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Without warning, government authorities arrest your spouse for speaking his mind, sentence him to 20 years in prison, and plunge your family into turmoil. How would you cope?
Cuba’s Berta Soler Fernández was forced to answer this question when her husband, Angel Moya Acosta, was imprisoned by the Castro regime in March 2003. He was one of 75 nonviolent dissidents arrested during a massive crackdown known as the Black Spring. But instead of intimidating her, the regime’s actions motivated Berta to fight back. Together with the families of other Black Spring dissidents, Berta mobilized one of the most recognizable nonviolent resistance movements of the 21st century: the Ladies in White (Damas de Blanco). Berta’s activism played a crucial role in freeing the Black Spring prisoners and she continues to challenge Cuba’s totalitarian regime by advocating for greater civil liberties.
Her story is now part of the Freedom Collection.
The Ladies in White drew worldwide attention for their peaceful protests against the government. They enlisted Cardinal Jaime Ortega, the leading representative of the Roman Catholic Church in Cuba, to negotiate for the release of the prisoners. After years of protests, all of the Black Spring dissidents were released. While most of the prisoners and their families went into exile, Berta and her husband chose to remain in Cuba. They are subjected to ongoing harassment for daring to criticize the government.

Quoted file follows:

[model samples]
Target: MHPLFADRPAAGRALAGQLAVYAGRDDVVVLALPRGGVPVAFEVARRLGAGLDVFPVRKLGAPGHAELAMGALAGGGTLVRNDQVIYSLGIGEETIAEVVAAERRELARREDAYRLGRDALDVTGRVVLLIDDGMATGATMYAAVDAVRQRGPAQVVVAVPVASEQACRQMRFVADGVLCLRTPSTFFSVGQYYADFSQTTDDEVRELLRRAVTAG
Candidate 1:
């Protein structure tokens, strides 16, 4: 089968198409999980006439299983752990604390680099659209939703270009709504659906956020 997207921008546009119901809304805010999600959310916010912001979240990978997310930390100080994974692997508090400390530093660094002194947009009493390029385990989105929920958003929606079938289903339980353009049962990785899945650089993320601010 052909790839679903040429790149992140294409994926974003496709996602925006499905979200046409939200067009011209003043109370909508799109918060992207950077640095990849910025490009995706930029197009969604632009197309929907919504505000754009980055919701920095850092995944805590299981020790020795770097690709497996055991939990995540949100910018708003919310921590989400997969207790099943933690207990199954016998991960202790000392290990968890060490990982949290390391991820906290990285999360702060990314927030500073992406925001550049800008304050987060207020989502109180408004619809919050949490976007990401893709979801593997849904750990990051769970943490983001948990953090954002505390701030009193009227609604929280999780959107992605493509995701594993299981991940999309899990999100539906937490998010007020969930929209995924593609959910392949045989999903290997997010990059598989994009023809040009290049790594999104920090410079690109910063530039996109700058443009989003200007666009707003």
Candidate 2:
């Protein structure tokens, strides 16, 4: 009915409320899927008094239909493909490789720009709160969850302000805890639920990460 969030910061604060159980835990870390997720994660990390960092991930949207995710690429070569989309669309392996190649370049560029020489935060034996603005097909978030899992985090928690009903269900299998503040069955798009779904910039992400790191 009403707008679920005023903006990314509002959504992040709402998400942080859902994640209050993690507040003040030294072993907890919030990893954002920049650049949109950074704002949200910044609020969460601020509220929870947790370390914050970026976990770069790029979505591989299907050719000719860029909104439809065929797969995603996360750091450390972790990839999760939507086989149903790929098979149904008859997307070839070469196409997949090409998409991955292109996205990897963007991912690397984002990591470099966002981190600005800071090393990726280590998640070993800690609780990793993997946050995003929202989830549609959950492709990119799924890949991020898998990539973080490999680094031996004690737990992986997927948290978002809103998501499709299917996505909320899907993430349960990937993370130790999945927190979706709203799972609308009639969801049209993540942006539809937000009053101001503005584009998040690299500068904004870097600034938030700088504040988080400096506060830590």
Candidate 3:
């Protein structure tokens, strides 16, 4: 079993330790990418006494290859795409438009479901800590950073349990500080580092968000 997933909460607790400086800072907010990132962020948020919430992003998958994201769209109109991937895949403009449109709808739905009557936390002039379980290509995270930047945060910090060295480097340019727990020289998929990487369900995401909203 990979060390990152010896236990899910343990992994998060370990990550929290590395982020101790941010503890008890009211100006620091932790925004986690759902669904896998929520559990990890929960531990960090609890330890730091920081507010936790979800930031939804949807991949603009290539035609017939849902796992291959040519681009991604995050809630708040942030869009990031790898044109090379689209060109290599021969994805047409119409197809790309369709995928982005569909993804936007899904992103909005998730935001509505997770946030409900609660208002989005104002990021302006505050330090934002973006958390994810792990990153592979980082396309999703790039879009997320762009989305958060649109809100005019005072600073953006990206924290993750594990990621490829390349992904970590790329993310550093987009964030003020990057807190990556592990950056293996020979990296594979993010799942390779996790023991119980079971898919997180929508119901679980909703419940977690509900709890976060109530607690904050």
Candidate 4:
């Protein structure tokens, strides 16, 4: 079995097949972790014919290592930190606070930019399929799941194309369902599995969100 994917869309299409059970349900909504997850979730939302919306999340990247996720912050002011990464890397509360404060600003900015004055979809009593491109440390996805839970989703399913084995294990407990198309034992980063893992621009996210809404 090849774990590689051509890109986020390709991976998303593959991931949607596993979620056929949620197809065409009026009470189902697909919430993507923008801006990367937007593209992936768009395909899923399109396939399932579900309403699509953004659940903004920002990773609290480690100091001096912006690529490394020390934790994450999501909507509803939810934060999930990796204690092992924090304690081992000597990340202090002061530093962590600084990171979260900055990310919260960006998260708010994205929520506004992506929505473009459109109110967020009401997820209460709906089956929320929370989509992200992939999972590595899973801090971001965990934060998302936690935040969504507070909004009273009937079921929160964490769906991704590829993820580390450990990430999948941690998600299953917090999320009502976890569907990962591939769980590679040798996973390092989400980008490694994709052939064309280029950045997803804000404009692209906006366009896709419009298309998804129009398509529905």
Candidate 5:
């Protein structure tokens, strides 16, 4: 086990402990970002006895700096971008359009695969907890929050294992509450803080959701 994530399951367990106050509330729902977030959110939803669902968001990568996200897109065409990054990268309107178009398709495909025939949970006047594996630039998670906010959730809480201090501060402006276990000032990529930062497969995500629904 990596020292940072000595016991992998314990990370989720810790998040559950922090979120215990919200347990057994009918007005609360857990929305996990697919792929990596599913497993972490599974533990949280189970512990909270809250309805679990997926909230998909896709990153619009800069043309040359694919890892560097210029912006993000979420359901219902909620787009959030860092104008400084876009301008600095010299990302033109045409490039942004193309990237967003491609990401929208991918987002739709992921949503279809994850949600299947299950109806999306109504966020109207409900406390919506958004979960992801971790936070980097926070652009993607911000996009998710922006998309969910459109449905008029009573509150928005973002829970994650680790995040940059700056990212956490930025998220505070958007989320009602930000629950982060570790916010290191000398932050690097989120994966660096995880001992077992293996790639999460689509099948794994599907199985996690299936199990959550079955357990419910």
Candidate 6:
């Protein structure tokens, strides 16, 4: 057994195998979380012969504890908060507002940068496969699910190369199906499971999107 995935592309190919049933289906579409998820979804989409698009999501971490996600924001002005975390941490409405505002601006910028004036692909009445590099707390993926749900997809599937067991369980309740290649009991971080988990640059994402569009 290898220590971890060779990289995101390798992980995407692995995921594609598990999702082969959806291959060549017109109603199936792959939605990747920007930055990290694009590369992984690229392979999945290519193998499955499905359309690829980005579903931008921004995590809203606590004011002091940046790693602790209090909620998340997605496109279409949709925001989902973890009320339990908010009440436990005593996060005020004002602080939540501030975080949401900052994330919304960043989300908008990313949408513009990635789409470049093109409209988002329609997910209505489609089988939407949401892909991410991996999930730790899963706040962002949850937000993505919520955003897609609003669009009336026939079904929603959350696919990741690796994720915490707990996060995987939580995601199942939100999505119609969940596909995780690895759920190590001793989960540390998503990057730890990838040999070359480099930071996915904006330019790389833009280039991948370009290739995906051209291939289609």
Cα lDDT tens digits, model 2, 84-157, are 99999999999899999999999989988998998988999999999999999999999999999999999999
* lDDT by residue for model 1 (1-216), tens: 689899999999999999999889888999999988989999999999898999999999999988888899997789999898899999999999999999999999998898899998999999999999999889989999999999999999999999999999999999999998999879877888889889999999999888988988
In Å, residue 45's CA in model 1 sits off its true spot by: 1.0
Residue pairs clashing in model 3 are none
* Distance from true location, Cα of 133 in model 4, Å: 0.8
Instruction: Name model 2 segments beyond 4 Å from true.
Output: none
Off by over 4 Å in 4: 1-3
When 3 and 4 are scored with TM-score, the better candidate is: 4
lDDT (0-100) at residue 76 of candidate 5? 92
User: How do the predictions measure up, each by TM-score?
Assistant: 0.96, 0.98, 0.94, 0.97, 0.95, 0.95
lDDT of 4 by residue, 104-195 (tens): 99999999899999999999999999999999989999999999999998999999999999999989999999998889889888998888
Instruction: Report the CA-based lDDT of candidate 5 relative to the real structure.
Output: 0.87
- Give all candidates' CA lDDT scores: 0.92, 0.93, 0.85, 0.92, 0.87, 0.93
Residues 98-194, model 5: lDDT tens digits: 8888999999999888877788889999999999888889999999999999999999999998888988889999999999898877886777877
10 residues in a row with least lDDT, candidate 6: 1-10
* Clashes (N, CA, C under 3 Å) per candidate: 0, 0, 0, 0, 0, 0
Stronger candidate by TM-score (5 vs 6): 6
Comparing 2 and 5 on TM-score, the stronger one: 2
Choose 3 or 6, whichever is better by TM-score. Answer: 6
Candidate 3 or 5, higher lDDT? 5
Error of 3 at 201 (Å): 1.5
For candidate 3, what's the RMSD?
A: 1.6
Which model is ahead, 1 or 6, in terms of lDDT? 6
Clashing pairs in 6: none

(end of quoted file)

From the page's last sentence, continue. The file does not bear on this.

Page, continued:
Following the 2011 death of the Ladies in White co-founder, Lauren Pollan, Berta assumed leadership of the organization. As a prominent voice in the opposition, she continues the struggle for a free and democratic Cuba. Learn more about Berta in her Freedom Collection interview:
- Berta Soler on Race in Cuba – “Racism is alive in Cuba.”
- Berta Soler on the Ladies in White – Berta discusses the Ladies In White
- Berta Soler on Freedom – “I feel like a free woman in spite of the dictatorship, totalitarianism, and repression of the Castro regime.
Christopher Walsh is the Program Coordinator for the Freedom Collection. Follow him on Twitter @ChrisJamesWalsh.
Christopher Walsh serves as Senior Program Manager for the Human Freedom and Women's Initiative at the George W. Bush Institute. In this role, Christopher manages communications, evaluation, and public policy research projects that advance freedom and democracy in the world. He also develops and implements efforts to make the Bush Institute a welcoming place for today’s generation of dissidents and democracy advocates, overseeing visits for training, inspiration, and insight.
Prior to joining the Bush Institute, Christopher worked with the International Republican Institute in Washington, D.C. As IRI’s program officer for Central and Eastern Europe, he coordinated political party building and civic advocacy programs in the Balkans and Turkey.
A native of Cape Cod, Massachusetts, Christopher is a graduate of American University with a B.A. in International Studies. He currently lives in Dallas with his wife and three young children.Full Bio
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